Posted on | September 18, 2013 | 1 comment
(Editor’s note: In this guest essay, Erin Nealy Cox, Executive Managing Director of digital forensics firm Stroz Friedberg, outlines potentially harmful ramifications of self-deleting messages that are gaining popularity with children.)
By Erin Nealy Cox
Kids digitally document everything they do, even stupid things. They post pictures of themselves drinking, smoking pot and vandalizing private property.
This behavior is not limited to the under-age. A lot of professional adults digitally record their bad behaviors, too.
Under certain circumstances, self-destructing message apps, such as Snapchat and Facebook Poke, may be a gift to parents, human resources executives, corporate counsel, and public relations specialists alike.
Indecorous errors in judgment aren’t memorialized. They are deleted in seconds.
However, self-deleting message apps can also be put to nefarious use. Kids who are bullied or adults who are stalked may struggle to prove their cases. Predators can lure victims, comforted by the assumed ephemeral nature of the communication.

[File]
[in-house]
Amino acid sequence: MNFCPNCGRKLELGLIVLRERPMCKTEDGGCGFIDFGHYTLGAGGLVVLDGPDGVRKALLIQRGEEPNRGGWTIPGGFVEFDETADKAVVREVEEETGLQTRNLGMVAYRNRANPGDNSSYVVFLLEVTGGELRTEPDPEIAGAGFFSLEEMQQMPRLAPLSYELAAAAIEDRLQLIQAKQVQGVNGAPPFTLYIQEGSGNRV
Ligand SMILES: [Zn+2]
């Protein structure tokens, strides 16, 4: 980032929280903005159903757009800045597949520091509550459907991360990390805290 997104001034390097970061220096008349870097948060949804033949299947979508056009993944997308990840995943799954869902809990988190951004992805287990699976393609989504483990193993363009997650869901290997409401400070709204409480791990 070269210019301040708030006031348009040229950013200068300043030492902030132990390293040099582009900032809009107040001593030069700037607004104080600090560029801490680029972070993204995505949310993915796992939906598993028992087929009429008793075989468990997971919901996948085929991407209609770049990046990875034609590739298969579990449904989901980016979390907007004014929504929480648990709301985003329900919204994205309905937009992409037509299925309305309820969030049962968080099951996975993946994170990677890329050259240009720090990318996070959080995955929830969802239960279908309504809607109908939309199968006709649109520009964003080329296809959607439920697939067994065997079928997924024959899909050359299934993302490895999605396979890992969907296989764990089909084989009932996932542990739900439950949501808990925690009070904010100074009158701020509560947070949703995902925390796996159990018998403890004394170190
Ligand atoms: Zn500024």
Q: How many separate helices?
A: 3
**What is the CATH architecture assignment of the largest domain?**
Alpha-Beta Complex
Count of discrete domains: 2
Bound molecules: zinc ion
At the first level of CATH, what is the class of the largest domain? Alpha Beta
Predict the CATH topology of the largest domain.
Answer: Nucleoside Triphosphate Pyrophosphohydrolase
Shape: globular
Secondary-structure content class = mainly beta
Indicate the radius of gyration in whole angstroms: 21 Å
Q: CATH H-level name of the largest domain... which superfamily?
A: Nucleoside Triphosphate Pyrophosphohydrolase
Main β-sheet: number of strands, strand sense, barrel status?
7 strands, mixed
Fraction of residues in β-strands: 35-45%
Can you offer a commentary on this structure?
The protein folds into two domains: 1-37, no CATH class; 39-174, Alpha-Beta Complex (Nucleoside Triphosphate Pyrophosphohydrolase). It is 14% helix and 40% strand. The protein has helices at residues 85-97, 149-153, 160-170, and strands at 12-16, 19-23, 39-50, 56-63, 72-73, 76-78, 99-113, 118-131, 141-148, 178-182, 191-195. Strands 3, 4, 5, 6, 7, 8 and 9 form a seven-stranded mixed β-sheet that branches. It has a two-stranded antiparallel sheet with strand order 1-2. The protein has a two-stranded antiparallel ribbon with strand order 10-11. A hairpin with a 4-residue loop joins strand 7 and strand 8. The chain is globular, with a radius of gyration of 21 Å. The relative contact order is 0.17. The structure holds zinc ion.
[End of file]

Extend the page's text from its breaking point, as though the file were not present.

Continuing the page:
Employees may now feel armed with a more covert way of organizing fraudulent schemes. This includes, for example, insiders inclined to share private information for personal gain and executives tempted to negotiate bribes.
However, all digital communications leave a trail. Even self-destructing messages sent through apps like Snapchat and Facebook Poke can be traced and recovered. Even when the messages themselves are irretrievable, telling details such as the sender’s identity, recipient’s identity, time the message was sent and time it was opened can be brought to light.
Most parents, business leaders, and even most law enforcement officials don’t have the skills or access to digital forensic labs that are able to do this kind of work. Typically, it is only in the most important cases that the effort is made to resurrect these incriminating messages.
As a parent, I continue to impress upon my children the fact that they don’t have as much control as they think, even with self deleting messages. In fact, I simply do not permit my kids to use these kinds of apps. Parenting is challenging enough in the digital age without contending with Mission Impossible.
In the work place, it can be much harder to enforce similar restrictions. So the key is to foster a culture where there are clear lines about what is considered acceptable behavior and what isn’t. More of than not, someone who gets into the habit of sending self-destructing messages is heading down the wrong path.